CSULA Department of English | Events

The English Graduate Student Association is presenting its 16th annual research conference, Significations, which will be held on Saturday, April 30, 2011 from 8:00 a.m. to 5:00 p.m. in the University Student Union.  As a showcase for graduate research and writing, this conference has witnessed an increase in state-wide participation over the years.  In addition to presentations from our own CSULA students, we will be hosting a number of students from throughout the CSU system. 

We are very excited to welcome this year’s keynote speaker, Joshua Clover, UC Davis Professor of English literature and critical theory who will be sharing some of his latest work. 

We invite all students as well as family members and friends to attend panels throughout the day.  All panels and the keynote speaker address are free and open to the public; however, space is limited for the keynote address.  Registered attendees, presenters, and moderators will be seated first. 

For those who wish to register as participants in the conference, the conference fee is $20.  Participants are invited to join us for continental breakfast, lunch, and an afternoon reception, and will be provided with a digital copy of the conference proceedings.  Additional copies of the conference proceedings may be purchased for $5.

Significations 2011

Adobe Acrobat Logo Conference Program (brochure)
Click here for a formatted brochure of the conference schedule

Adobe Acrobat Logo Call for Papers
Click here for the conference's call for papers

Adobe Acrobat Logo Registration Forms

Click here for the conference's registration form for CSULA students

Click here for the conference's registration form for non-CSULA students

CSULA students who register before March 28, 2011 will receive full reimbursement of their conference fee on the day of the event.  In order to register, please pick up a registration form in the English Department or use one of the links in the box at the top of this page to download a registration form.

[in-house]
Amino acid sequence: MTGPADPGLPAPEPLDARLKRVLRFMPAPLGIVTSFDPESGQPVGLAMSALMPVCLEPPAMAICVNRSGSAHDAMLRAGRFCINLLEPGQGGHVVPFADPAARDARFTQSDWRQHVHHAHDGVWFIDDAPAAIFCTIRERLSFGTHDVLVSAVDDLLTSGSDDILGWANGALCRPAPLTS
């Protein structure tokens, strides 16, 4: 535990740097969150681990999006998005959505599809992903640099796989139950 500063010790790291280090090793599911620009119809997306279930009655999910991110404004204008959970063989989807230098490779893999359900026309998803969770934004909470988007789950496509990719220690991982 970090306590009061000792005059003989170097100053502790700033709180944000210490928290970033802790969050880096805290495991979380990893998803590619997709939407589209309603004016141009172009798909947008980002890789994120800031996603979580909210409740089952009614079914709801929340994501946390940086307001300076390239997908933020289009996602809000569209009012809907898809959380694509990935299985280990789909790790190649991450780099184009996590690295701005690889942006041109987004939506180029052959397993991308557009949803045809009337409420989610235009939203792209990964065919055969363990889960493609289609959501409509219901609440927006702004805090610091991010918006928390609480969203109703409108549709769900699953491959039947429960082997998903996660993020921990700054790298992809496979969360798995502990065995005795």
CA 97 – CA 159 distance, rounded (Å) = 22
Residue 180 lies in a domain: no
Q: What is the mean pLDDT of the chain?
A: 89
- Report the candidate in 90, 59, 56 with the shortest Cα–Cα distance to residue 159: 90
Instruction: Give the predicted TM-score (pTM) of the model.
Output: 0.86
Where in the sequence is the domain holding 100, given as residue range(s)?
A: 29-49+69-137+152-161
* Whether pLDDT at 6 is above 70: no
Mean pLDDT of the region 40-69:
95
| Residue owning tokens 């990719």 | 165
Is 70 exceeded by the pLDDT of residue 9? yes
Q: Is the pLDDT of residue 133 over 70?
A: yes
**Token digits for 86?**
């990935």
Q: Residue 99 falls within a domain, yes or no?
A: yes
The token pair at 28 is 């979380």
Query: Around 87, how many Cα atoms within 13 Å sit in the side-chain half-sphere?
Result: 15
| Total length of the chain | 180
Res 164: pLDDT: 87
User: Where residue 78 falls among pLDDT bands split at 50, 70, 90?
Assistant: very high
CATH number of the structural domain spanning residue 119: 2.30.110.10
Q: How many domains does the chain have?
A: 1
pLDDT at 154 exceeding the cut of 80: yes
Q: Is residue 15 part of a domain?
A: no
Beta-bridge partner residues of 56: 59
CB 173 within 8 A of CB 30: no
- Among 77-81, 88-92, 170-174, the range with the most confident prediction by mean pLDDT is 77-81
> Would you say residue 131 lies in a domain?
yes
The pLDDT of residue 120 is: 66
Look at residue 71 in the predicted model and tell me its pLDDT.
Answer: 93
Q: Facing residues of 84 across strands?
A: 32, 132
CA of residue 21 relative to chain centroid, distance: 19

For more information, please contact Cyndi Donelan, Ashley Kramer, Ken Tighe, or Chris Kennison at [email protected], or call the Cal State L.A. English Department at (323) 343-4140.

About the Speaker

Berkeley, California native Joshua Clover is a graduate of Boston University and the Iowa Writer's Workshop; he received his MFA from the University of Iowa in 1991. Professor of English literature and critical theory at University of California, Davis since 2003, Professor Clover also teaches in the Film Studies Program and in the Designated Emphasis in Critical Theory. A poet-critic, Professor Clover fluidly writes across disciplines as he simultaneously engages poetics, popular culture, politics, economics, and critical theory. He has contributed poetry and critical writing to more than twenty anthologies and journals. His poetry has been chosen three times for inclusion in the annual Best American Poetry series and anthologized in American Poets in the 21st Century, American Poetry: Next Generation, and Norton Introduction to Literature, 10th edition among others. Most recently, his critical work "Autumn of the System: Poetry and Financial Capital" has appeared in Journal of Narrative Theory (2010) and "A form adequate to history: toward a renewed Marxist-poetics" in Paideuma: Studies in American and British Modernist Poetry (2010). Additionally, Professor Clover is a published journalist and frequently contributes to the New York Times Sunday Book Review, The Nation, and Film Quarterly. He is the author of two books of poetry, as well as a book each on film and music, including 1989: Bob Dylan Didn't Have This to Sing About (2009), which won the Time Out New York Book of the Year 2009, and The Totality for Kids (2006) which was a 2007 finalist in the PEN Center U.S.A. Literature Awards and won the Village Voice Book of the Year 2006. The recipient of many honors and awards, Professor Clover earned two Pushcart Prizes and a fellowship from the National Endowment for the Arts. He is currently a Fellow at the Society for the Humanities at Cornell University where he is researching a book project, Capital Poetics: Poetry and Political Economy, which addresses poetry and political economy, specifically the poetics of globalization as an abstract dynamic and the poetry of the lived situation of late capital.

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